Developing Asia's performance in 2007 broke records in almost two decades. Aggregate gross domestic product grew at 8.7%, on supportive global economic conditions, a largely favorable policy environment, and productivity gains as the region continued its remarkable modernization and transformation.
Conditions in the global economy now look distinctly unsteady with the United States, Japan, and Europe set for a synchronized slowdown this year. Still, developing Asia will not be hostage to the global slowdown, even if it cannot remain immune to it, and its growth this year and next should be only a little below longer-run trends.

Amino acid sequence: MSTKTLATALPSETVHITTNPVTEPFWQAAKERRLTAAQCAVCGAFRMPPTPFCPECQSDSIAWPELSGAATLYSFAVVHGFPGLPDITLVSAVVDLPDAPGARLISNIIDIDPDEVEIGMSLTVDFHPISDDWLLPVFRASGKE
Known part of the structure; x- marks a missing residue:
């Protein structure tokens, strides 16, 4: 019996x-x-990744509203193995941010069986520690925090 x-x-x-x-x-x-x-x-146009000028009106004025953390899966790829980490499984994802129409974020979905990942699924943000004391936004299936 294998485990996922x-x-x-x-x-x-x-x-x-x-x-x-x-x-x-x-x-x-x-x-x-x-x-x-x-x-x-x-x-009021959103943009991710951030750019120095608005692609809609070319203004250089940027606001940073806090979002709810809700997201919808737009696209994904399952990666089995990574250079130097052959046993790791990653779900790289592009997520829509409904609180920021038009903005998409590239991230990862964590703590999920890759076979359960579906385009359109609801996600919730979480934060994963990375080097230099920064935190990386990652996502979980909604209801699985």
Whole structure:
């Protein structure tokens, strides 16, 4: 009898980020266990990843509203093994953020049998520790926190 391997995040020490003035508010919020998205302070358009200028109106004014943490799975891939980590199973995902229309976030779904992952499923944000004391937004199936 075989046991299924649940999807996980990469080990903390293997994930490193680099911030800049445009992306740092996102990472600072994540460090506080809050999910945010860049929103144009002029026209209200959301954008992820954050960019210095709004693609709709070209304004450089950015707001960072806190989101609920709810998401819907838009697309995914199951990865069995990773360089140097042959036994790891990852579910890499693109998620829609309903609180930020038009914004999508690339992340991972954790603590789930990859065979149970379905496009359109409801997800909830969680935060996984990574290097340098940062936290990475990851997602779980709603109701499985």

But with commodity prices soaring and despite government price restraints, inflation is accelerating and is likely to hit decade-long highs. Rising inflation expectations are a more immediate threat to developing Asia than the prospect of a moderate slowdown in growth.
This year's theme on workers in developing Asia spotlights three issues. Will the region reap the demographic advantages of its many young people about to enter the workforce? Can it resolve its silent crisis in terms of its skills shortages? Third, with migration burgeoning within the region, will policies move to keep up with the reality on the ground?